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Longtime NBA Coach Flip Saunders Dies At Age 60

Minnesota Timberwolves announced Sunday its two-time coach Flip Saunders died. Shown here during the second half of a game against the Golden State Warriors in April. Marcio Jose Sanchez/AP hide caption

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Marcio Jose Sanchez/AP

Minnesota Timberwolves announced Sunday its two-time coach Flip Saunders died. Shown here during the second half of a game against the Golden State Warriors in April.

Marcio Jose Sanchez/AP

Longtime NBA coach and Minnesota Timberwolves president of basketball operations Flip Saunders has died.

He was 60 years old, and had been undergoing treatment for Hodgkin's lymphoma over the past few months.

The Timberwolves organization announced Saunders' passing via Twitter Sunday afternoon.

In a statement, the team's owner Glen Taylor said the organization was "devastated" by Saunders' passing.

"Flip was a symbol of strength, compassion, and dignity for our organization. He was a shining example of what a true leader should be, defined by his integrity and kindness to all he encountered.

"Today is not a day to reflect on Flip's accomplishments in basketball or what he brought to us as an organization on the court, but rather to indicate what he meant to us as a co-worker, friend, member of the community and the basketball world at large."

Saunders, who over his nearly two decades as a head coach hauled in more than 650 career victories, is best known as the head coach of the Timberwolves, but also had a successful run with the Detroit Pistons from 2005-2008, where he took that team to three straight appearances in the Eastern Conference Finals.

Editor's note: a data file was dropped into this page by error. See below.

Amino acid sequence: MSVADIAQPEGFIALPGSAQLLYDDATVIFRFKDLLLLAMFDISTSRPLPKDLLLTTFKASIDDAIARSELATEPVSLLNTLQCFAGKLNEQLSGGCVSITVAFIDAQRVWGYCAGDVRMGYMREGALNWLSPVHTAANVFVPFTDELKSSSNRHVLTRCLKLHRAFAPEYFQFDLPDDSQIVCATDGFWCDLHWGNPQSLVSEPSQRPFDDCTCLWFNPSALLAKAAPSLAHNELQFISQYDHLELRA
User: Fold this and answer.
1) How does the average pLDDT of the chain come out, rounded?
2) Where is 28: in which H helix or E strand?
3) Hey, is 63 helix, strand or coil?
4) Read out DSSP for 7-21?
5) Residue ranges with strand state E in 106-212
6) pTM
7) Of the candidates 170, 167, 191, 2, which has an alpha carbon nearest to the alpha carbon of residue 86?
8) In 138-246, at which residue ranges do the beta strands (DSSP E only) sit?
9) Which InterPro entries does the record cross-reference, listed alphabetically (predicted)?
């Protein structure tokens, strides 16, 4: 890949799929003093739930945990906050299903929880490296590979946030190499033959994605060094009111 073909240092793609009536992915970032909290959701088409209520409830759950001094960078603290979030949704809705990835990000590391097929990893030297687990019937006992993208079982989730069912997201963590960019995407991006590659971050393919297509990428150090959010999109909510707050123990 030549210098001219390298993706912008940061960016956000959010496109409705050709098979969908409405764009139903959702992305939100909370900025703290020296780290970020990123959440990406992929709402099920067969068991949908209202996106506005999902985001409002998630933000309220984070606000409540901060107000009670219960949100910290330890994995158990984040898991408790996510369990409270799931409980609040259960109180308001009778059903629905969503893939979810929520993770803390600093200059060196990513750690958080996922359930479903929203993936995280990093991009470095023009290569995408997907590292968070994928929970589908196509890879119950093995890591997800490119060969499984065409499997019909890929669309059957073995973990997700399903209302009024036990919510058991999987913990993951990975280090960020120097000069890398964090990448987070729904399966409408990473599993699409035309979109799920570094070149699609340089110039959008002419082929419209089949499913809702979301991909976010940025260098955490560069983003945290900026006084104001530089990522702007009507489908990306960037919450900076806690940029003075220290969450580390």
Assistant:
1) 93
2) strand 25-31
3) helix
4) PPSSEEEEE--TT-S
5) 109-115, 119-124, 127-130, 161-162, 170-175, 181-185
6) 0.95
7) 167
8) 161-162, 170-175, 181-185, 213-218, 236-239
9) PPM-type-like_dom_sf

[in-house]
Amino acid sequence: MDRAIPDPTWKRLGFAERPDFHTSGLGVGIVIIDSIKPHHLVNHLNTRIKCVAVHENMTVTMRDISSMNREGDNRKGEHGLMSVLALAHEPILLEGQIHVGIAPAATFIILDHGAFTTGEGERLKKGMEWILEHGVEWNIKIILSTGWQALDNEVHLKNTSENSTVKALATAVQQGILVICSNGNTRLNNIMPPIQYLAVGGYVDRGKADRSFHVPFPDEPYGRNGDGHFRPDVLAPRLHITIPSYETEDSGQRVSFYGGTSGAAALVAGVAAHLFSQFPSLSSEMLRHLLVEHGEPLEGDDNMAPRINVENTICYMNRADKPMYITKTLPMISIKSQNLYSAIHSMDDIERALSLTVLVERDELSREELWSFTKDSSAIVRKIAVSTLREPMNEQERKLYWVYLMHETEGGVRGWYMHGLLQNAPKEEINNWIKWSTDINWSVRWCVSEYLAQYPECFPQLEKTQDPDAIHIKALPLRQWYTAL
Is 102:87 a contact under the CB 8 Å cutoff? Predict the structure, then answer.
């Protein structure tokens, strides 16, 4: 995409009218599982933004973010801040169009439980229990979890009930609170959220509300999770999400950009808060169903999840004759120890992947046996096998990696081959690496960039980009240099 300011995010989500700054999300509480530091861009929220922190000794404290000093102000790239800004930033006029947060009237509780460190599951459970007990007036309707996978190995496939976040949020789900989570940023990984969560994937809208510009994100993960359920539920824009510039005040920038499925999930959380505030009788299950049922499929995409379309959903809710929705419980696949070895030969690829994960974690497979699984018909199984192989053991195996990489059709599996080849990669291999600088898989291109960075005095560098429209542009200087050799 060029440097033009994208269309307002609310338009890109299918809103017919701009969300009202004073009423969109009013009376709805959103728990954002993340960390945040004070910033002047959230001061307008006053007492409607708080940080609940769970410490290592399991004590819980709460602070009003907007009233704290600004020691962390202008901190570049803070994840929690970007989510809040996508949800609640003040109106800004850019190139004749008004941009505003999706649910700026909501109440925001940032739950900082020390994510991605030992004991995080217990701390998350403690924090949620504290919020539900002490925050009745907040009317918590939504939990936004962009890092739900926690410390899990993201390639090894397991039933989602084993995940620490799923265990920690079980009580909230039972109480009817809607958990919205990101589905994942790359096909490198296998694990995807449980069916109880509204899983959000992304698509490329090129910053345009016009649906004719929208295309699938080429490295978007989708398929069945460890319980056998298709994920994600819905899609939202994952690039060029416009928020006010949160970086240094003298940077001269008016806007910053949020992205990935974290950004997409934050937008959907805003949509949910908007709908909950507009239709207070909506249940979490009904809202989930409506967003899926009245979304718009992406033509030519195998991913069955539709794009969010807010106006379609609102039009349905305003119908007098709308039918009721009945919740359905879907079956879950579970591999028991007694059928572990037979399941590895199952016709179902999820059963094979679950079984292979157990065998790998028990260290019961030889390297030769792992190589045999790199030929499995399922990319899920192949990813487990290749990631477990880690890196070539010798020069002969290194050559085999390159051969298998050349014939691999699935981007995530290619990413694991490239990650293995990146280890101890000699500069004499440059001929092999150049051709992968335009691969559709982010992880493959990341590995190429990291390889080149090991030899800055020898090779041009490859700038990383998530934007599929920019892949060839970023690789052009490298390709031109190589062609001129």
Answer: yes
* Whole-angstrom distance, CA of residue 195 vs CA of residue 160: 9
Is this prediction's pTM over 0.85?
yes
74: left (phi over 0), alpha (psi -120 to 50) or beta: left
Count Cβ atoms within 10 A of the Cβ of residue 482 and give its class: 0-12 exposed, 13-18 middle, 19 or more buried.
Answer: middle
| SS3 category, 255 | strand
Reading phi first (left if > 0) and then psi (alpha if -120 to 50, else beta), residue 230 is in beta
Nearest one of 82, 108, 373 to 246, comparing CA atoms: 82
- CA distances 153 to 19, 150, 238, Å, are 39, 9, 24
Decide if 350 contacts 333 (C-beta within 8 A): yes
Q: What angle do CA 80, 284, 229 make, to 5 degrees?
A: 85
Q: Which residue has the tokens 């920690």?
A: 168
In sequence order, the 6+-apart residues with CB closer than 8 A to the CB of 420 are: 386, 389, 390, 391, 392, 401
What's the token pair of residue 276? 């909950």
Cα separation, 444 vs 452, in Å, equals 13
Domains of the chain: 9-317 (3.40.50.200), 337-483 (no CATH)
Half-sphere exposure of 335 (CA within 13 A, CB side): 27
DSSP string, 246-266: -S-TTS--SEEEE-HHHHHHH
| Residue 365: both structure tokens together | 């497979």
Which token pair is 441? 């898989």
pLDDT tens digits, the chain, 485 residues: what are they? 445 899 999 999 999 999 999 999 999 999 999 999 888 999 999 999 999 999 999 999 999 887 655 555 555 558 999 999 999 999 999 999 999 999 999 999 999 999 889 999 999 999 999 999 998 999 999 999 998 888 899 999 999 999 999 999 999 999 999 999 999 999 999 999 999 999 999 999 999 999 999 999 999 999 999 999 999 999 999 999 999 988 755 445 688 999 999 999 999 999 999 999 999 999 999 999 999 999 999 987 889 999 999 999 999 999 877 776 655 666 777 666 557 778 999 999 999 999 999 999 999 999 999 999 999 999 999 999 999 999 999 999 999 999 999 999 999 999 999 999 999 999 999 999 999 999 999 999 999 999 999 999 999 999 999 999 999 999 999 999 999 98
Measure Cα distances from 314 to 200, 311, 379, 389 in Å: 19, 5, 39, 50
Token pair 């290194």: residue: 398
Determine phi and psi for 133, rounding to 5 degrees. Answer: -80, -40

He also coached the Washington Wizards and worked as an ESPN analyst in between coaching gigs.

As ESPN reports, Saunders "was in the process of a major rebuilding effort" with the Timberwolves that also included the building of a new practice facility and renovations at the team's arena, the Target Center.

"Saunders first became an NBA coach in 1996 with the Timberwolves and eventually led the team to eight straight playoff appearances. A standout offensive coach, Saunders specialized in coaching point guards.

"But perhaps the player he had the greatest impact on was a big man, a wiry kid who came straight from high school in 1995 named Kevin Garnett. Under Saunders' tutelage, Garnett developed into one of the best players in the NBA and eventually an MVP."

Born Philip Daniel Saunders, the Minneapolis Star Tribune reports, Saunders received the nickname "Flip" from his mother — a former beautician who heard a customer in the salon refer to her older son Greg by the moniker. But it stuck to her younger son more or less his entire life.

The Star Tribune also reports:

"Long after he was deemed too small to make it big in the sport he so loved, Flip Saunders rose from collegiate-playing and professional-coaching careers to become one of the most powerful team executives in the entire National Basketball Association during his second time around with the Timberwolves.

...

"He returned to Minnesota full-time to run the Wolves basketball operations in May 2013, more than eight years after friend and former college coach Kevin McHale fired him as coach the first time around.

"Saunders is by a lopsided margin the winningest coach in franchise history — with a 654-592 record in nearly 11 full seasons — and is the only man to coach the team into the playoffs ..."

Below is a sampling of condolences from current and former NBA players on Twitter.